Arms Assigned Interventions
Active Comparator: Best Medical Therapy
The best medical therapy group will not initially undergo surgery, but will be treated with the therapy that medical oncologists or surgeons feel is best for the patient. This treatment may include standard or experimental therapies.
Other: best medical therapy
Patients randomized to the Best Medical Therapy arm will decide on a course of medical therapy based on what the patient's medical oncologists feels is best for the patient. Best systemic medical therapy may include clinical trials of new agents or standard non-protocol treatments. Patients who progress on the best medical treatment arm may switch to a different medical therapy or, if still appropriate, may receive surgery.
Active Comparator: Surgery Alone
The surgery alone group will undergo complete resection (surgical removal) of all known disease, if possible. After surgery, patients will be followed regularly and monitored for disease recurrence.
Procedure: Surgery
surgical resection to remove all known disease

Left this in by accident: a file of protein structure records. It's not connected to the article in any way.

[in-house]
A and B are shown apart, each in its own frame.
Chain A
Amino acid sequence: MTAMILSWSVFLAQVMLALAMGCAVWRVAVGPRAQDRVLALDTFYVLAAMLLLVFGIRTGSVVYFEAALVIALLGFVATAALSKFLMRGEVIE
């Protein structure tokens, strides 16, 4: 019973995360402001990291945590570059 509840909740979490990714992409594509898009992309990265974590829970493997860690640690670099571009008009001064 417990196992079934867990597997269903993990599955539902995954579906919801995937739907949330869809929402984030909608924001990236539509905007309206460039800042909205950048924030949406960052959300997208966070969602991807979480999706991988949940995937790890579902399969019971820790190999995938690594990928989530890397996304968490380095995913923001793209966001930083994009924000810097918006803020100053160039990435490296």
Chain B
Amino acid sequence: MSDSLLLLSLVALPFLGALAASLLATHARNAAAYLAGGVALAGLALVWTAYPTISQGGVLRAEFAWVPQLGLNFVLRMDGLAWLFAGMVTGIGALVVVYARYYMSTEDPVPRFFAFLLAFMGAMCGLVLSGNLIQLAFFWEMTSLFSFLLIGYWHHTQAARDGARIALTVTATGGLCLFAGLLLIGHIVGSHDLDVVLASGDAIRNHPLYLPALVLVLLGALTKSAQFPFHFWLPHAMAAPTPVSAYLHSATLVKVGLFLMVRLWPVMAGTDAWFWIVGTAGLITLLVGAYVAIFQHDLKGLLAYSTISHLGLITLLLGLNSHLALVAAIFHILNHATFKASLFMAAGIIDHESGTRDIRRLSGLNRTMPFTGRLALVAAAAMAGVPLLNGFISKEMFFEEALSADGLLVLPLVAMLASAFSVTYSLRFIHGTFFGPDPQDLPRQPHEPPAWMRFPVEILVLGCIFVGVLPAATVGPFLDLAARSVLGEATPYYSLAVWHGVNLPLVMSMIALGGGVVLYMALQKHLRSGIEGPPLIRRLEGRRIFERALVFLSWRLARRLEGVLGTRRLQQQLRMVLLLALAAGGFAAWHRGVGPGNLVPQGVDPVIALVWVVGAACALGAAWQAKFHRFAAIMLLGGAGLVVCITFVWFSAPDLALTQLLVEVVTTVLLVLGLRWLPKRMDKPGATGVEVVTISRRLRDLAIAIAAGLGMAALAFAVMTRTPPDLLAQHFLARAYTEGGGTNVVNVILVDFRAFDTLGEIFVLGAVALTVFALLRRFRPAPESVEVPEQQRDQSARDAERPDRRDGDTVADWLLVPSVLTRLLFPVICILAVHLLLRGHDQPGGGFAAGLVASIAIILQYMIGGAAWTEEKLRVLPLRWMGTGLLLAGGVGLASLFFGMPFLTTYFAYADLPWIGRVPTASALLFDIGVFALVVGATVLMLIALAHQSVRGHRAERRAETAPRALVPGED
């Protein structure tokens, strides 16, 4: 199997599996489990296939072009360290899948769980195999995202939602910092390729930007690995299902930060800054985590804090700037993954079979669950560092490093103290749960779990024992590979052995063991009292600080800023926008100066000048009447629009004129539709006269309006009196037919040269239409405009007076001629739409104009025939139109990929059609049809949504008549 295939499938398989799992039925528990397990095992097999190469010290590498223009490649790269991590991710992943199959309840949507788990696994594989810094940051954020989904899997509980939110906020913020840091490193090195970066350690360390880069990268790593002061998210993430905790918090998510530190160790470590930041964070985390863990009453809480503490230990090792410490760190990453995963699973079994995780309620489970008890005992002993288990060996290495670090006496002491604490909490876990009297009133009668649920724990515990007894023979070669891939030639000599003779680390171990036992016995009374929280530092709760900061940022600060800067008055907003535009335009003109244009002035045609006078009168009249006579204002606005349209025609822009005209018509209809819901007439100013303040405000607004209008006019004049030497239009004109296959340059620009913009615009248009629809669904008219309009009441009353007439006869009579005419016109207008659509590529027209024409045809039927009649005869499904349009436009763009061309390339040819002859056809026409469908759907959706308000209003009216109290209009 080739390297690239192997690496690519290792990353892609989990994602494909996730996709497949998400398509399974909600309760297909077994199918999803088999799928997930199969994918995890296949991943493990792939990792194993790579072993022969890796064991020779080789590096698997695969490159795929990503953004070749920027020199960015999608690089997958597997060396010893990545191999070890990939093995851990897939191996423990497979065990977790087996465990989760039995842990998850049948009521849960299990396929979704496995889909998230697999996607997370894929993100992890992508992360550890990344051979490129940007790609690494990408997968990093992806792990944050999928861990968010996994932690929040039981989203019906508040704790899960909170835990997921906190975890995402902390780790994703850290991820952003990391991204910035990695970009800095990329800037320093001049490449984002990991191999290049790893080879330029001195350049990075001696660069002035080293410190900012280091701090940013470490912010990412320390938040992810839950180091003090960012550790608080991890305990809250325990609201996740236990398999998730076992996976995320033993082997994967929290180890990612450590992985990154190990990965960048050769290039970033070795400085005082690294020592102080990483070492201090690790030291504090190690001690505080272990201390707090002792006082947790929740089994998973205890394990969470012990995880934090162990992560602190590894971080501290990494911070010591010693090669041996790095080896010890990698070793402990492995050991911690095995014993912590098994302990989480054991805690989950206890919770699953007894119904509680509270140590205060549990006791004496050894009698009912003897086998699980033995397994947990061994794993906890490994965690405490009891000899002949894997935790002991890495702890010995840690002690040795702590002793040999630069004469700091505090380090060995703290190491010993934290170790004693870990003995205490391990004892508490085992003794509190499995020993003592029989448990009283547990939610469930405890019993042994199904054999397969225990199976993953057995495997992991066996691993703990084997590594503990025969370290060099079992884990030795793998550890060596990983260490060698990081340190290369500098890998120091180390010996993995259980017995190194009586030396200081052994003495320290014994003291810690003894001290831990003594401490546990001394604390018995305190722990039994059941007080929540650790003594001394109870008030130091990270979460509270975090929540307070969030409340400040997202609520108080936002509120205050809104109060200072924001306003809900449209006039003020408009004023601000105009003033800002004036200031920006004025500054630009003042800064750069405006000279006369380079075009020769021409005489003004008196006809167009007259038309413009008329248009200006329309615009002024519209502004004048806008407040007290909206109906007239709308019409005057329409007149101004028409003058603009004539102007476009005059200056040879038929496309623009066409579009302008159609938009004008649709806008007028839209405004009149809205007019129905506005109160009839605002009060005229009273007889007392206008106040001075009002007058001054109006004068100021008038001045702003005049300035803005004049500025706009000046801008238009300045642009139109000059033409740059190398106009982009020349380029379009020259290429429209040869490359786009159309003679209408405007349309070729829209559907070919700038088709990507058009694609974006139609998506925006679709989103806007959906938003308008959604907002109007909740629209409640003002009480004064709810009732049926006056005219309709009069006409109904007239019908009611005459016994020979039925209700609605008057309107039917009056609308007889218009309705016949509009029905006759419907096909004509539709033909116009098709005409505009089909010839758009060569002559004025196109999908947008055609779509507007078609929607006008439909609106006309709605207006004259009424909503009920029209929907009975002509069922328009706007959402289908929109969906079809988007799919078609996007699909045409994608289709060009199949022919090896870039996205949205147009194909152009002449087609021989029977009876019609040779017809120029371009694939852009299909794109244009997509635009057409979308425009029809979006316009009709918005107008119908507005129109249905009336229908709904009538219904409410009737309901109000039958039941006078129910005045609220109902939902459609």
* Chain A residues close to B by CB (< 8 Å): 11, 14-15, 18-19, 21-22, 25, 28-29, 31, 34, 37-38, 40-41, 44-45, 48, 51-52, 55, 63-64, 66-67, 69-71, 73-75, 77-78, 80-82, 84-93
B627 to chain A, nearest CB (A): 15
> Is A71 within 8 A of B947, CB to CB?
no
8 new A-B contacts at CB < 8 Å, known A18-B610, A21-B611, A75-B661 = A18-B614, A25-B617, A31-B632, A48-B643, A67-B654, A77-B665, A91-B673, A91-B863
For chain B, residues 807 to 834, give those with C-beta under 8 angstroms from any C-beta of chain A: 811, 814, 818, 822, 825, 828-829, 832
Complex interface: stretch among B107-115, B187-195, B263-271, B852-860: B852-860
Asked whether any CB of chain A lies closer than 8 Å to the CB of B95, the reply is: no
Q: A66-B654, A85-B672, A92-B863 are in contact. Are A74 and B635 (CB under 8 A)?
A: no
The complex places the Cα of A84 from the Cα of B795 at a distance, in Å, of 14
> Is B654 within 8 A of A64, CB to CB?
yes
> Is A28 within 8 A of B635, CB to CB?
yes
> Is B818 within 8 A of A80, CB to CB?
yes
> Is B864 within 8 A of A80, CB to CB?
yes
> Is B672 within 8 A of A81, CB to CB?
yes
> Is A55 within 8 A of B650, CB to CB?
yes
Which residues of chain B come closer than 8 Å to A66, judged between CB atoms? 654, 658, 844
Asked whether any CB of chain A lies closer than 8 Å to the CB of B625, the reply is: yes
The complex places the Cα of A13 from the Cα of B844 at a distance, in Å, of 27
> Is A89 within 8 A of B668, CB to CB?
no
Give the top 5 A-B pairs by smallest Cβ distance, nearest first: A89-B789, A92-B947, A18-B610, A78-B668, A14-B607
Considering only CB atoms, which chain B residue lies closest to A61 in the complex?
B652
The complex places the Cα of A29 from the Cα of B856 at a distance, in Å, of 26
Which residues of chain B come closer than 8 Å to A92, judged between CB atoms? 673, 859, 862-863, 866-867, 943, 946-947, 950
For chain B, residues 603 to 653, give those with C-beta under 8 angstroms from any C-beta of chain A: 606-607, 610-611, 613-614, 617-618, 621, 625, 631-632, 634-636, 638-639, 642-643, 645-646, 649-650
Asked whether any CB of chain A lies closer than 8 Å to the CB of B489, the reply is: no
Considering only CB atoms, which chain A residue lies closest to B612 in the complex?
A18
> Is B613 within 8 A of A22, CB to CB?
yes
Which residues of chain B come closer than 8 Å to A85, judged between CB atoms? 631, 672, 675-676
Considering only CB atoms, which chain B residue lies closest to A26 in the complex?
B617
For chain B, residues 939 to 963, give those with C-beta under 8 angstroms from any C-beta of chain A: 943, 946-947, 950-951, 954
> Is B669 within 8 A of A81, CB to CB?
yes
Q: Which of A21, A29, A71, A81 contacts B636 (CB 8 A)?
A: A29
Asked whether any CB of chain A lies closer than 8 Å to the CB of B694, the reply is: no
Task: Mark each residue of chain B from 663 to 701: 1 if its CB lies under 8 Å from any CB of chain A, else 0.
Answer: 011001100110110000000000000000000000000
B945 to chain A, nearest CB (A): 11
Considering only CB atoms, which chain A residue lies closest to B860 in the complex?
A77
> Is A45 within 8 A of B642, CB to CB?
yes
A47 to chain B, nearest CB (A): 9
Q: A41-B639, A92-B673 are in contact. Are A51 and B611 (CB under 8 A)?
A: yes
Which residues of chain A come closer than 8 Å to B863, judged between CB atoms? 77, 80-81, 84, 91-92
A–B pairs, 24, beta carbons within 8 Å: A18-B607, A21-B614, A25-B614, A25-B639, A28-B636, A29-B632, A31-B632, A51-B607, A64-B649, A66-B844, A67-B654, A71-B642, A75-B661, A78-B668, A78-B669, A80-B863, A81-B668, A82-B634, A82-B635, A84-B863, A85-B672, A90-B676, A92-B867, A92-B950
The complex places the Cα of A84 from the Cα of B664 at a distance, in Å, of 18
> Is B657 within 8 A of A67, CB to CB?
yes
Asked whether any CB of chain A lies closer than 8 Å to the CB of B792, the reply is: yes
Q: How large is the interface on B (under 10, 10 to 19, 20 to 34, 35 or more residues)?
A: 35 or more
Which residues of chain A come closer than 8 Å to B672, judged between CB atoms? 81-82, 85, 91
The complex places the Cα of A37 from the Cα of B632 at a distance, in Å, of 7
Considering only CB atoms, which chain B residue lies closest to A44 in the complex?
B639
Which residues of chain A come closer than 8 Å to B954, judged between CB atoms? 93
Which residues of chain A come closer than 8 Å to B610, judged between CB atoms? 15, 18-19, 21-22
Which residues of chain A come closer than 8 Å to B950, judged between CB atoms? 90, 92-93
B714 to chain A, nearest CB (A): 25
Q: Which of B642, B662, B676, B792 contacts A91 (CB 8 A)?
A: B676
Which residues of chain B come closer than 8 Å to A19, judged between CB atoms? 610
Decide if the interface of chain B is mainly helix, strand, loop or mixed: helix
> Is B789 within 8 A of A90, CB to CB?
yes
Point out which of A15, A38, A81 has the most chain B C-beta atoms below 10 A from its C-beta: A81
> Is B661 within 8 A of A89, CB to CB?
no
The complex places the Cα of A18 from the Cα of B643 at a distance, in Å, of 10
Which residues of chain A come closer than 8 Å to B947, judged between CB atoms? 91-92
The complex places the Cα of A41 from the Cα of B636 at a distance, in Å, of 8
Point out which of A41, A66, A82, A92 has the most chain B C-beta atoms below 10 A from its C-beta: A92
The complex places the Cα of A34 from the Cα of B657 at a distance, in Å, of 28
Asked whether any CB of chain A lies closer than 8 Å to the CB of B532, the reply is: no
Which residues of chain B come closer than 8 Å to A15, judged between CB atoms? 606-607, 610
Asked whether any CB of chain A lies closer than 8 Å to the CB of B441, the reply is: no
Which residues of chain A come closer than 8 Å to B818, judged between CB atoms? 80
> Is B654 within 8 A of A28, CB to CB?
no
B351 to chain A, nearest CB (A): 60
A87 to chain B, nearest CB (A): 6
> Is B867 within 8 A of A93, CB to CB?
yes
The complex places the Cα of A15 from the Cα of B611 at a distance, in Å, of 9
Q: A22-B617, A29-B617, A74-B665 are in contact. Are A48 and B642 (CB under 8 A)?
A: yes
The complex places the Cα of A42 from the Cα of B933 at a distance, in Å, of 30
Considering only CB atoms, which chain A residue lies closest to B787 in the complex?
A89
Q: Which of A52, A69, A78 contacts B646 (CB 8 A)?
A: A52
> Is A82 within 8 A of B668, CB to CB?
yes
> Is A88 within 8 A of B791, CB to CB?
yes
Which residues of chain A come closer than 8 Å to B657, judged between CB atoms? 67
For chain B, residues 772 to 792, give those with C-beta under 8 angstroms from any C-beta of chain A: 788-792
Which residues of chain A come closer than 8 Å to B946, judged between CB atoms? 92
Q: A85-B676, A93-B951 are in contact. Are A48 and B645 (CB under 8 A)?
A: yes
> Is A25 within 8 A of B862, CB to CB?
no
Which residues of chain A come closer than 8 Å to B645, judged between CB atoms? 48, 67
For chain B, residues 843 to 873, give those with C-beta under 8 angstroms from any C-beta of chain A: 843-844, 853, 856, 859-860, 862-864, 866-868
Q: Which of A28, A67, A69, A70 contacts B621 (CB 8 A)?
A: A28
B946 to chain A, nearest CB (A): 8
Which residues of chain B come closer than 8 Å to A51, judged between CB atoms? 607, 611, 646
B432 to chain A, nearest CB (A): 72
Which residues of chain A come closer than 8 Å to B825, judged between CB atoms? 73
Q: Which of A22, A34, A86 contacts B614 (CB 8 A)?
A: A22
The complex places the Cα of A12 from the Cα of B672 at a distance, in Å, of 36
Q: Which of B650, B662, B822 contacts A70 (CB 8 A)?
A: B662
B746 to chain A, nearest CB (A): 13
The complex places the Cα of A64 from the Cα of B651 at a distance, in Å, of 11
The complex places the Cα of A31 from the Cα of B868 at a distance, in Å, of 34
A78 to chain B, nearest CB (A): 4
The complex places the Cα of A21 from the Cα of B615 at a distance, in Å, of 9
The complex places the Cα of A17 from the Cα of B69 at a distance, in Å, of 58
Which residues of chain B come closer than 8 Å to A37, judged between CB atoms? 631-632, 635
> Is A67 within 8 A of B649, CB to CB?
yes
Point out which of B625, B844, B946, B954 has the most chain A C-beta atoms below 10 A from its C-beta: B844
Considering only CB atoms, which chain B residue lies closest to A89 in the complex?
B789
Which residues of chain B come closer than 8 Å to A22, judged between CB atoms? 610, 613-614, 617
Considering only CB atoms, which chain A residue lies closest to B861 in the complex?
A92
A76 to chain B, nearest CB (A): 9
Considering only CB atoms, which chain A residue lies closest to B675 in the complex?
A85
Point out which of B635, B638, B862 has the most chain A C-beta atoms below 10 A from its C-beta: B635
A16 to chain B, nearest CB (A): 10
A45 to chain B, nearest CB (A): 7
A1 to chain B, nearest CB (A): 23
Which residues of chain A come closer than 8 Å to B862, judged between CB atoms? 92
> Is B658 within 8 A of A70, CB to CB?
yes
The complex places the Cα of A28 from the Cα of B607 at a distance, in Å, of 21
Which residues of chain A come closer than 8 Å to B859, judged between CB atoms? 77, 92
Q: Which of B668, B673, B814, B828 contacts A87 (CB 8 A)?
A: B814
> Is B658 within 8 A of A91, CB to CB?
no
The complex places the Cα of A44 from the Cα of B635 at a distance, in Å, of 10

Active Comparator: Surgery + BCG
The Surgery + BCG group will first have a complete resection (surgical removal) of all known disease, if possible. After recovery from surgery, two doses of BCG will be given two weeks apart. Each dose is given as 8 separate injections into the skin (called intradermal injections).
Procedure: Surgery plus 2 adjuvant doses of BCG
Patients in the surgical resection + BCG arm will have an additional two visits to receive BCG. The first dose of BCG will be given no earlier than 4 weeks after surgery, and the second BCG dose will follow 2 weeks later. The actual doses are determined by the patient's pre-study tuberculin-reactivity status. Patients with a pre-study PPD induration of ≥10 mm will be given half the normal dose of BCG. Those with PPD induration of ≥20 mm will be given 25% of the normal dose.